Really, Camcorders can't compete because they are meant for tourists
and taking pictures of babies.

IF you are a filmmaker or serious videographer, this camera is a huge
improvement, has no competition on the market right now for less than
$5000, and in some ways at any price.

-- hide signature --

To see the effect Liza is talking about, see this site on movies made w/Canon 5D: In the middle of this one is a great example of the narrow DOF achievable w/the 5D. The G1 won't be quite as narrow, but more than a tiny sensor on the digicams:

http://www.cinema5d.com/viewtopic.php?f=12&t=844

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DVSteve Contributing Member • Posts: 919
Re: Camcorders can't compete with GH1, here's why.

I agree. Aside from the size of the GH1's sensor, I just don't think it has anything over the Canon HF S10 or HF S100. I'm going to ask around on a couple of camcorder forums and see what people think (nobody has posted about the GH1 yet).
--
http://www.flickr.com/photos/nvsteve/collections/72157603250959710/

tko Forum Pro • Posts: 12,832
funny

Yes, the youngsters forget about super 8 in the 1950's. Now everyone was a home movie maker. And what did you do with all the movies? Have your friends over to dinner and show them you vacation filmings?

That's why I and most others do film. You can put photos on the wall, sell them, put them on coffee mugs, T-shirts, books, etc. What you you do with video? What can you do with a thousand videos? Right now I have 150,000 photos and several terabytes of storage. It's all I can handle.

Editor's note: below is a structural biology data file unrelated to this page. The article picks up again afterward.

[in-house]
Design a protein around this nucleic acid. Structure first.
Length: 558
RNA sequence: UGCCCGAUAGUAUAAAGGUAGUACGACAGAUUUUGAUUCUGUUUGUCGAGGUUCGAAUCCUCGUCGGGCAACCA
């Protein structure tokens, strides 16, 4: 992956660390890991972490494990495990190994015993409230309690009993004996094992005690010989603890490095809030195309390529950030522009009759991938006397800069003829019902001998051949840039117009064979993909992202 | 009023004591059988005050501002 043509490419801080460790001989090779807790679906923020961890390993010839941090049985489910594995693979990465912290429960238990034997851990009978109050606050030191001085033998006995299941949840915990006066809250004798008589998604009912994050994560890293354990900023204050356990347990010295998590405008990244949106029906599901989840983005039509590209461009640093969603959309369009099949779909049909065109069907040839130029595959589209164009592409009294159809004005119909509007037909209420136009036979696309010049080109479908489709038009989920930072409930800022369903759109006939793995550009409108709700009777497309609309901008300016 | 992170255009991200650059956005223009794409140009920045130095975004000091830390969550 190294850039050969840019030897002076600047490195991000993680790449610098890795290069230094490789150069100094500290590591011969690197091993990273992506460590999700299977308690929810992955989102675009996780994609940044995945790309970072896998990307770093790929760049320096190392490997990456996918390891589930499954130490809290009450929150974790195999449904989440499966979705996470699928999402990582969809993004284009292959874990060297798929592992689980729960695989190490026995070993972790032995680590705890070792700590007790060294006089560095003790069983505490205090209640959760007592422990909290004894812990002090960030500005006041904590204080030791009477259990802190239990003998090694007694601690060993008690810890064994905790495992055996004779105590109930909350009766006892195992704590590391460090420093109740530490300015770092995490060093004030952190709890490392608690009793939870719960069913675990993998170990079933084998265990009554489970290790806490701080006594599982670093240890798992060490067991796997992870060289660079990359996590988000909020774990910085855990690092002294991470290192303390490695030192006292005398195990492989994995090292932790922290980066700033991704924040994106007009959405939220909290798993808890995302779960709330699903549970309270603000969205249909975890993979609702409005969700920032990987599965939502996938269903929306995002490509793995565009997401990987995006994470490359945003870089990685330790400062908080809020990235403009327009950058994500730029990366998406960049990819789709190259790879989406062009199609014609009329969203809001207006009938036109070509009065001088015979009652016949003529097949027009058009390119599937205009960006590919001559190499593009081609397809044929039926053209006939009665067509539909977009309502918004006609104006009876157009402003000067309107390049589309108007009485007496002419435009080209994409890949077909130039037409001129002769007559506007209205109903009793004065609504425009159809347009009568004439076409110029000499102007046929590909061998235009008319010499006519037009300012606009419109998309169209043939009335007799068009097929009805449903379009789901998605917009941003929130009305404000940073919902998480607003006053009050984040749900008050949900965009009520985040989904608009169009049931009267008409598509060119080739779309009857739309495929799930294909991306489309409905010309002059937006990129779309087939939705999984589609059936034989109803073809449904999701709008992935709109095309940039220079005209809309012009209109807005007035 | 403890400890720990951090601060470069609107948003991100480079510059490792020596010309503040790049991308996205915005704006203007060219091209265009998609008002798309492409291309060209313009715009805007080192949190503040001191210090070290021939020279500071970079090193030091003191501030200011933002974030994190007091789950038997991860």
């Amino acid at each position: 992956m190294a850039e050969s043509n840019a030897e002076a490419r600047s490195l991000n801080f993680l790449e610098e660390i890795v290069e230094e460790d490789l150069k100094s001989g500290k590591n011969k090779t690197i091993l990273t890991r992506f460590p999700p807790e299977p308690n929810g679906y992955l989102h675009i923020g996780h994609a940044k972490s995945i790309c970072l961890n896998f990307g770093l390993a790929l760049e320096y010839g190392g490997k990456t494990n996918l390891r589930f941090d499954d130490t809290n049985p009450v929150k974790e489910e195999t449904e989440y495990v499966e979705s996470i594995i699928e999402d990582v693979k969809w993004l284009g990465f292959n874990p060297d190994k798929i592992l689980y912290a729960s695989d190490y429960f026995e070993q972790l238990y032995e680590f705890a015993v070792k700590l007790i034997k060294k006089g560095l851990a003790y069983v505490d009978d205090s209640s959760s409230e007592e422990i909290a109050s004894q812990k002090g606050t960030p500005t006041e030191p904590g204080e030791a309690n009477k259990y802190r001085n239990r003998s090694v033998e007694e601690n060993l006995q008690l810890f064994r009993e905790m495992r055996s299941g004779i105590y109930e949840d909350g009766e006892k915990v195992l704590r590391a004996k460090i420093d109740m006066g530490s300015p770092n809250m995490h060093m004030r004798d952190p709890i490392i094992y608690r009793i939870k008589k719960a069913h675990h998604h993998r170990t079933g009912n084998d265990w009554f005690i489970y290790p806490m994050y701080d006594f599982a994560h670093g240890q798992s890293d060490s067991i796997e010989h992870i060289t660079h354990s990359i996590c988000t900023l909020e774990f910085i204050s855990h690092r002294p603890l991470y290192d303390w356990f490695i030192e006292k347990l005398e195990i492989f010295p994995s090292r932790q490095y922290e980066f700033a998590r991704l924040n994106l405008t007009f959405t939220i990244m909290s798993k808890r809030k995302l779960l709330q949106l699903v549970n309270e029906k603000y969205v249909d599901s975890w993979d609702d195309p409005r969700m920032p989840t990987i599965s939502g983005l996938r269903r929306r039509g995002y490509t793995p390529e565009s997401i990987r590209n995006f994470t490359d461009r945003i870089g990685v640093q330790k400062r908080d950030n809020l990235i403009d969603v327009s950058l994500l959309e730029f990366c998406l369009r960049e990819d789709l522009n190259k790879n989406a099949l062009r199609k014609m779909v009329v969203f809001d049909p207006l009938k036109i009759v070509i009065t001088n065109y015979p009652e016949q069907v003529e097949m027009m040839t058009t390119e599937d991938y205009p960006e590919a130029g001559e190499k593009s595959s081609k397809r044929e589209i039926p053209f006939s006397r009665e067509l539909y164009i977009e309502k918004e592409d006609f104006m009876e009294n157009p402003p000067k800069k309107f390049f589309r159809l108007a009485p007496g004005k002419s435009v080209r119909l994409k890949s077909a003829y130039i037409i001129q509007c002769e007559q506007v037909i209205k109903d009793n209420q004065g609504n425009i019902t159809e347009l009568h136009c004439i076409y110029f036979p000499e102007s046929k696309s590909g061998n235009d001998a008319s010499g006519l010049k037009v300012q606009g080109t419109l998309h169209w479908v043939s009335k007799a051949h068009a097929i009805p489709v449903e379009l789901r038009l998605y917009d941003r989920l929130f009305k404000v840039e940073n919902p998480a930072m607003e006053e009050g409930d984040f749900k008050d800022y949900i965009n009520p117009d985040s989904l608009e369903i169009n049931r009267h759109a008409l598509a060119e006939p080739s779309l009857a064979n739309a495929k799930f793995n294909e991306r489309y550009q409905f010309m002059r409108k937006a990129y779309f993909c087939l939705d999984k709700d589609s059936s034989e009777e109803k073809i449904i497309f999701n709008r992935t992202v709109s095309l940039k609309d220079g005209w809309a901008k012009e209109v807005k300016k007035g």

So, does anyone have a burning desire to rescue, restore, and look at their families old super 8 movies? : )

How many times do married couples look at video of their wedding? But how many have a photo on their desk or living room?

I'm just not really sure what all these people plan on doing w/these videos. You can't post them on DPR, you can't post them anywhere. I don't know of a single place where you can post serious videos for review and critique. I know of very few video contests.

So I agree with you. Lets come back in a year and see how the new video revolution is going. And be careful about accepting dinner invitations :!)

Shrapnel Contributing Member • Posts: 787
Re: funny

You can make little films and put them on Youtube or Vimeo, the HD presentation is quite watchable.

But, yes I agree, finding an audience is insanely difficult and makes the whole thing rather pointless unless you really enjoy doing it. Even with stills, there's not a whole lot of point.... the world is drowning in pretty pictures that very few people will ever see. But the joy is in taking the photos and working on them... same thing applies to filmmaking.